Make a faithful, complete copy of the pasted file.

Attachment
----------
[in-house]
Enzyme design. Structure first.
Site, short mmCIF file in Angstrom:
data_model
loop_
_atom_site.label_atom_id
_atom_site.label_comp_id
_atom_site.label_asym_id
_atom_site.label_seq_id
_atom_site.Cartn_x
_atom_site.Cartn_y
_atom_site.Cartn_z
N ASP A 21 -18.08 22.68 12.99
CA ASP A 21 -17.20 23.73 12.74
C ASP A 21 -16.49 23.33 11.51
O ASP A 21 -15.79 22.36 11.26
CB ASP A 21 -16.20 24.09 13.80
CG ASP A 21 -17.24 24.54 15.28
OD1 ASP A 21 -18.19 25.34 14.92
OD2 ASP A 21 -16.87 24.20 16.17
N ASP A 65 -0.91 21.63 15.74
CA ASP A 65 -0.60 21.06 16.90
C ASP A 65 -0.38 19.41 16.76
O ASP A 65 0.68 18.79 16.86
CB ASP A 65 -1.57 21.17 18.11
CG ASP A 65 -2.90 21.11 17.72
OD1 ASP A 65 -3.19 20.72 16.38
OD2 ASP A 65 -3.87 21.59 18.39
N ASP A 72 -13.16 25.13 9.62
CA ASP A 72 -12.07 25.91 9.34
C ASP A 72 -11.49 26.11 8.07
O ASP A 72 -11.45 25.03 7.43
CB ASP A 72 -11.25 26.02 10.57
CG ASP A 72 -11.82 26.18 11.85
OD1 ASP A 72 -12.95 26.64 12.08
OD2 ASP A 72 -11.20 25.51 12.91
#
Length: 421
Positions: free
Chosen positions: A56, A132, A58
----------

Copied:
[in-house]
Enzyme design. Structure first.
Site, short mmCIF file in Angstrom:
data_model
loop_
_atom_site.label_atom_id
_atom_site.label_comp_id
_atom_site.label_asym_id
_atom_site.label_seq_id
_atom_site.Cartn_x
_atom_site.Cartn_y
_atom_site.Cartn_z
N ASP A 21 -18.08 22.68 12.99
CA ASP A 21 -17.20 23.73 12.74
C ASP A 21 -16.49 23.33 11.51
O ASP A 21 -15.79 22.36 11.26
CB ASP A 21 -16.20 24.09 13.80
CG ASP A 21 -17.24 24.54 15.28
OD1 ASP A 21 -18.19 25.34 14.92
OD2 ASP A 21 -16.87 24.20 16.17
N ASP A 65 -0.91 21.63 15.74
CA ASP A 65 -0.60 21.06 16.90
C ASP A 65 -0.38 19.41 16.76
O ASP A 65 0.68 18.79 16.86
CB ASP A 65 -1.57 21.17 18.11
CG ASP A 65 -2.90 21.11 17.72
OD1 ASP A 65 -3.19 20.72 16.38
OD2 ASP A 65 -3.87 21.59 18.39
N ASP A 72 -13.16 25.13 9.62
CA ASP A 72 -12.07 25.91 9.34
C ASP A 72 -11.49 26.11 8.07
O ASP A 72 -11.45 25.03 7.43
CB ASP A 72 -11.25 26.02 10.57
CG ASP A 72 -11.82 26.18 11.85
OD1 ASP A 72 -12.95 26.64 12.08
OD2 ASP A 72 -11.20 25.51 12.91
#
Length: 421
Positions: free
Chosen positions: A56, A132, A58